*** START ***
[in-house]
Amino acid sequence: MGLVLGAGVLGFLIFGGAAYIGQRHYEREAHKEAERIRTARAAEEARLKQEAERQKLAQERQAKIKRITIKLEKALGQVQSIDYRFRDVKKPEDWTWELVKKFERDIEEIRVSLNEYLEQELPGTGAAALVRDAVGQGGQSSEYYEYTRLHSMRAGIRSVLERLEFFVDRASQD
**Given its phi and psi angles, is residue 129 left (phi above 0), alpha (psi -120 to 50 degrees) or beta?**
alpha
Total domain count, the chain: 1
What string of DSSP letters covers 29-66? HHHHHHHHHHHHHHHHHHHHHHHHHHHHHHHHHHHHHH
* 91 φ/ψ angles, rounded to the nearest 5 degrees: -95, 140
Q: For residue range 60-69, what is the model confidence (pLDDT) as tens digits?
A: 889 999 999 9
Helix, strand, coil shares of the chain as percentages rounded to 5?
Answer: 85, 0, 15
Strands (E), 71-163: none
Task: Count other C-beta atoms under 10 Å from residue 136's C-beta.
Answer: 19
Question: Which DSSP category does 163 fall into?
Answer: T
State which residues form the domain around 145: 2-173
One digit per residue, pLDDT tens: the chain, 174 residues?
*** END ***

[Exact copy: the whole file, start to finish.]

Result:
[in-house]
Amino acid sequence: MGLVLGAGVLGFLIFGGAAYIGQRHYEREAHKEAERIRTARAAEEARLKQEAERQKLAQERQAKIKRITIKLEKALGQVQSIDYRFRDVKKPEDWTWELVKKFERDIEEIRVSLNEYLEQELPGTGAAALVRDAVGQGGQSSEYYEYTRLHSMRAGIRSVLERLEFFVDRASQD
**Given its phi and psi angles, is residue 129 left (phi above 0), alpha (psi -120 to 50 degrees) or beta?**
alpha
Total domain count, the chain: 1
What string of DSSP letters covers 29-66? HHHHHHHHHHHHHHHHHHHHHHHHHHHHHHHHHHHHHH
* 91 φ/ψ angles, rounded to the nearest 5 degrees: -95, 140
Q: For residue range 60-69, what is the model confidence (pLDDT) as tens digits?
A: 889 999 999 9
Helix, strand, coil shares of the chain as percentages rounded to 5?
Answer: 85, 0, 15
Strands (E), 71-163: none
Task: Count other C-beta atoms under 10 Å from residue 136's C-beta.
Answer: 19
Question: Which DSSP category does 163 fall into?
Answer: T
State which residues form the domain around 145: 2-173
One digit per residue, pLDDT tens: the chain, 174 residues?